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Natto, a fermented soy dish, controls blood glucose

Stickier natto tended to have higher levels of γ-PGA

by Emily Harwitz
August 24, 2021


Chopsticks picking up natto, which is very stringy.
Credit: Shutterstock
Natto's stringiness and health benefits are both courtesy of γ-PGA produced by Bacillus subtilis.

When natto is stirred, the soybeans give off a pungent aroma, and fine, sticky strands stretch from the container. Natto is a popular traditional Japanese food known for being nutritious. It’s made by fermenting soybeans with Bacillus subtilis. The bacteria feast on the beans, producing the γ-polyglutamic acid (γ-PGA) that gives natto its gooey, stringy texture. According to research presented by Masuko Kobori, a nutrition researcher at Japan's National Agriculture and Food Research Organization, during a talk in the Division of Agriculture and Food Science on Sunday at the American Chemical Society Fall 2021 meeting, γ-PGA also has health benefits, suppressing blood glucose and insulin levels after a meal.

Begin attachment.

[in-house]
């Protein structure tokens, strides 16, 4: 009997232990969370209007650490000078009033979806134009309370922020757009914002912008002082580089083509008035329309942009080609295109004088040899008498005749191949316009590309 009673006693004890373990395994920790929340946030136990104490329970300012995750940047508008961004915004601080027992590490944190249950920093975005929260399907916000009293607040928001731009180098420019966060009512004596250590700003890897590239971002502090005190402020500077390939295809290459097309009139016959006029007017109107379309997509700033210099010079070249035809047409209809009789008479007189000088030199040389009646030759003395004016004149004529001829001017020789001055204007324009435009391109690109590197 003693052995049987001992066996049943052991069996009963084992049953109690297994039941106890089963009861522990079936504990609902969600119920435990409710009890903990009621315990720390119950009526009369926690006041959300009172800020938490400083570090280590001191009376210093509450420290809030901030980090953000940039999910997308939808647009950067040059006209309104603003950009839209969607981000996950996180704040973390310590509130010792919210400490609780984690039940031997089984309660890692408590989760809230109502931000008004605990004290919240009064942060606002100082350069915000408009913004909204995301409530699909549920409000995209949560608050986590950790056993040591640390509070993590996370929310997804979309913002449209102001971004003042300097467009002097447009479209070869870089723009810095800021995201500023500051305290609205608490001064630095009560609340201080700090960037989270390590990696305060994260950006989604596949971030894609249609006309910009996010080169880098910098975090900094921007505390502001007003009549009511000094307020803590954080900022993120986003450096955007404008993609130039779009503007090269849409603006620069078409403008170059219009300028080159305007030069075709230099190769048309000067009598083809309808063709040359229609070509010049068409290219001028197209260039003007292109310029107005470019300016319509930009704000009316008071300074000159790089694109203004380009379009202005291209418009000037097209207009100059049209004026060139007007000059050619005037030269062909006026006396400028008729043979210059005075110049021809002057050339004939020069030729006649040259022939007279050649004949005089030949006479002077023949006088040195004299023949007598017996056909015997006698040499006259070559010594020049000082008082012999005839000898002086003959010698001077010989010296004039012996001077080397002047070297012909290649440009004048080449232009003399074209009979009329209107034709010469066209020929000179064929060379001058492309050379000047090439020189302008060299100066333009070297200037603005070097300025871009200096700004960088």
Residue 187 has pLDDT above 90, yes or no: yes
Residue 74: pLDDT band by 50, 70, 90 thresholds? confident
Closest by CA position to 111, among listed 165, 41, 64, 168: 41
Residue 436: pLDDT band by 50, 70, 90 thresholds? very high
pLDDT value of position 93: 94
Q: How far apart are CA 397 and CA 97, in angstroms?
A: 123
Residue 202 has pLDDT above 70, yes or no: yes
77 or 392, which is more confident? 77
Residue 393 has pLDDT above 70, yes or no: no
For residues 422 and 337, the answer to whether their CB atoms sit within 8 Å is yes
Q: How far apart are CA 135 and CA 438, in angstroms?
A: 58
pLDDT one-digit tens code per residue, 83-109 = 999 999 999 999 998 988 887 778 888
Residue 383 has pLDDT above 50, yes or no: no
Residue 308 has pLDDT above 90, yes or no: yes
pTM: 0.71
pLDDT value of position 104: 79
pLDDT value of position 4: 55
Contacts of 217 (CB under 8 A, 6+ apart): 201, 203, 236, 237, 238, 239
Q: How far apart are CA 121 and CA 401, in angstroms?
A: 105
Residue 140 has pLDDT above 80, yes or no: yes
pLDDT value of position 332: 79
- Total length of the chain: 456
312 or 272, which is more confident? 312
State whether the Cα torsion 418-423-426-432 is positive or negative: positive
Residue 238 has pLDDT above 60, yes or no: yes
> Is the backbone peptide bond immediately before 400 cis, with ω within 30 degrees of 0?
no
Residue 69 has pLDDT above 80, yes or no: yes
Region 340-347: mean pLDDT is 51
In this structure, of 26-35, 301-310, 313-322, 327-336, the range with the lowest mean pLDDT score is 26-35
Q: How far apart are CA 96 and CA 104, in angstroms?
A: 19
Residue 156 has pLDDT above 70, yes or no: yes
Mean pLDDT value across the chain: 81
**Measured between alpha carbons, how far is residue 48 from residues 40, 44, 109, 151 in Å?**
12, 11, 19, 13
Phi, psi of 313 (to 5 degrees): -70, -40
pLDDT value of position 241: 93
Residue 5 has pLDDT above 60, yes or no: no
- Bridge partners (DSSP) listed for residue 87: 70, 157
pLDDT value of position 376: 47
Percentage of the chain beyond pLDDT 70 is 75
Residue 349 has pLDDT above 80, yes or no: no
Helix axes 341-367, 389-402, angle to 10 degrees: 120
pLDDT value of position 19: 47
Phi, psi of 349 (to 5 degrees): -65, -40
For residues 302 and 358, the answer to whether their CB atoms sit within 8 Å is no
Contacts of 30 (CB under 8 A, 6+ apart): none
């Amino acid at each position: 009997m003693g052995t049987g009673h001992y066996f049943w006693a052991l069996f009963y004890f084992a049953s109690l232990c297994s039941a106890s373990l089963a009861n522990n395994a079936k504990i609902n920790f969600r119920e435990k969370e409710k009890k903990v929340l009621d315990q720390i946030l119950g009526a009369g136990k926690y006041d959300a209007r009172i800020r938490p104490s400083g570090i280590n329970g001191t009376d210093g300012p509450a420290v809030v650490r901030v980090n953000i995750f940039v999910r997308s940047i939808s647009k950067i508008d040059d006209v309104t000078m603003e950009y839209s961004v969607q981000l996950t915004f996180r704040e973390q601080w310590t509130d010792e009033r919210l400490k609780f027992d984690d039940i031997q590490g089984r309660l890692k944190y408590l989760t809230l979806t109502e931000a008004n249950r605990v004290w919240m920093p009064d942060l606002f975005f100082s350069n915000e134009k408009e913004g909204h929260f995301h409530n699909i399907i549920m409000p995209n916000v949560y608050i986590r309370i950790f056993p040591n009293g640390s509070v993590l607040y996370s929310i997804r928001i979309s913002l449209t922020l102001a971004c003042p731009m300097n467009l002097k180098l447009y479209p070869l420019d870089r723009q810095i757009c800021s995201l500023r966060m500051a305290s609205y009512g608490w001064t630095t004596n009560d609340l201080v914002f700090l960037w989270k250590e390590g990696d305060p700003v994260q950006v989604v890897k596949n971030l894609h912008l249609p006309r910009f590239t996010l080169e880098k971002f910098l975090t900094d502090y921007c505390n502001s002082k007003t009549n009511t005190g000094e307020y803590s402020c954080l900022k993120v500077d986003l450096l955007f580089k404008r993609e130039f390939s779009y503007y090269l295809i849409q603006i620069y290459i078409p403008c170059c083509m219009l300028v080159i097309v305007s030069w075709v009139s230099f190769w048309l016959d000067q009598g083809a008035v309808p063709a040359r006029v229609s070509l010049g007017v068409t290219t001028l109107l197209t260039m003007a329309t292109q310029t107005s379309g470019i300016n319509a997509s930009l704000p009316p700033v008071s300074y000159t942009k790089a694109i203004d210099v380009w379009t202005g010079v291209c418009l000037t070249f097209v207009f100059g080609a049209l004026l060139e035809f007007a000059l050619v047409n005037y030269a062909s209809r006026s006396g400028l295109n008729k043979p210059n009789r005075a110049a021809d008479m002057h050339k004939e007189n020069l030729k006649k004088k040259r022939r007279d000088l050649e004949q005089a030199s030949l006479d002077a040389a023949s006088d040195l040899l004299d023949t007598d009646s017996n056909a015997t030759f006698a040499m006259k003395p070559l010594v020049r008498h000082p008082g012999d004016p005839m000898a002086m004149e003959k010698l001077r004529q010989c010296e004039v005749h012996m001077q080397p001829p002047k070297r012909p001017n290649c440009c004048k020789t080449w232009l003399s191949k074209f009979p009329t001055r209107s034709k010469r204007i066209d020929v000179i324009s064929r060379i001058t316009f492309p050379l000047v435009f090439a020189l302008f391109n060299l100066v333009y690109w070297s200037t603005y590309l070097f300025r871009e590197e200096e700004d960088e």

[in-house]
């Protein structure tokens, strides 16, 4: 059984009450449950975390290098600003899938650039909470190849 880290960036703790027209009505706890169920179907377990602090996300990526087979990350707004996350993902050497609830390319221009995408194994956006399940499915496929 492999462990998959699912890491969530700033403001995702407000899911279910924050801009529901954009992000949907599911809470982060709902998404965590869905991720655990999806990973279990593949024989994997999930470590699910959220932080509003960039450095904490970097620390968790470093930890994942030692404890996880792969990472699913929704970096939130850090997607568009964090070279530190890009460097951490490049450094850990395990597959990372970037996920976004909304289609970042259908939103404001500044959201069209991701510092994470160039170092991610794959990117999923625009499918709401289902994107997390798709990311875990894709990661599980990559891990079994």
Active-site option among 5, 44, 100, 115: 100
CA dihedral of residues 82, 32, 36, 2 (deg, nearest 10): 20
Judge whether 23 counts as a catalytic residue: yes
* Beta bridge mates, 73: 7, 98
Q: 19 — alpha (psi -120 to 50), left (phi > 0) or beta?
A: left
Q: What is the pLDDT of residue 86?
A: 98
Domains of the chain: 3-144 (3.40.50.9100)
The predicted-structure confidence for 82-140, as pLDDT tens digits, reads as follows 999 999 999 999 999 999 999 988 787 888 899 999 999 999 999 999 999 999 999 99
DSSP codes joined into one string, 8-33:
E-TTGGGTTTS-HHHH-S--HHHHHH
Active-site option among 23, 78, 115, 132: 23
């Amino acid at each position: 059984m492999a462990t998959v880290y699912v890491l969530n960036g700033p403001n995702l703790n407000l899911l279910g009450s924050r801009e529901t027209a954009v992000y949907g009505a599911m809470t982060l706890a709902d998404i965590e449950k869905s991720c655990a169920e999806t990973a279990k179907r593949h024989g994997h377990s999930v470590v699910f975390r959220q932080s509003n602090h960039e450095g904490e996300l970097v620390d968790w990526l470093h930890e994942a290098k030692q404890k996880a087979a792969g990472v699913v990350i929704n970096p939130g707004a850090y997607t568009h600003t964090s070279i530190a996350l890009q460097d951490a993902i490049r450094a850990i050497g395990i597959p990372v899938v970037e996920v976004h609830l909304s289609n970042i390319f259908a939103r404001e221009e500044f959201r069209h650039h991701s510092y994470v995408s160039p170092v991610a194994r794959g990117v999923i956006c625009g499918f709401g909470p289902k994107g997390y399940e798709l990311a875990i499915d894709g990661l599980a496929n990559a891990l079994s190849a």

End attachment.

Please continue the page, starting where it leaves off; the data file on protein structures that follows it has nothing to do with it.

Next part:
Structure of gamma-polyglutamic acid (γ-PGA).

The researchers measured the γ-PGA levels in various preparations of natto. Stickier natto tended to have higher levels of γ-PGA. Kobori’s team recruited a group of nondiabetic men and women who showed above-average blood glucose levels after eating a bowl of rice. They fed subjects a series of meals consisting of one bowl of white rice plus natto with a high γ-PGA level and one bowl with low γ-PGA natto, then monitored their responses after each meal.

Two hours after eating, subjects who had eaten high γ-PGA natto had significantly lower levels of both glucose and insulin than after they ate the low γ-PGA natto bowl. And even after the low γ-PGA meals, subjects had lower levels of blood glucose and insulin than when they’d eaten a bowl of plain rice (Nutrients 2020, DOI: 10.3390/nu12082374).

Perhaps this health benefit may convince newcomers to give natto a try, Kobori said. Now the researchers hope to study the long-term health impacts of a diet that includes high γ-PGA natto.


This story was updated on Sept. 1, 2021, to correct Masuko Kobori's affiliation. She is with Japan's National Agriculture and Food Research Organization, not the University of Tsukuba.



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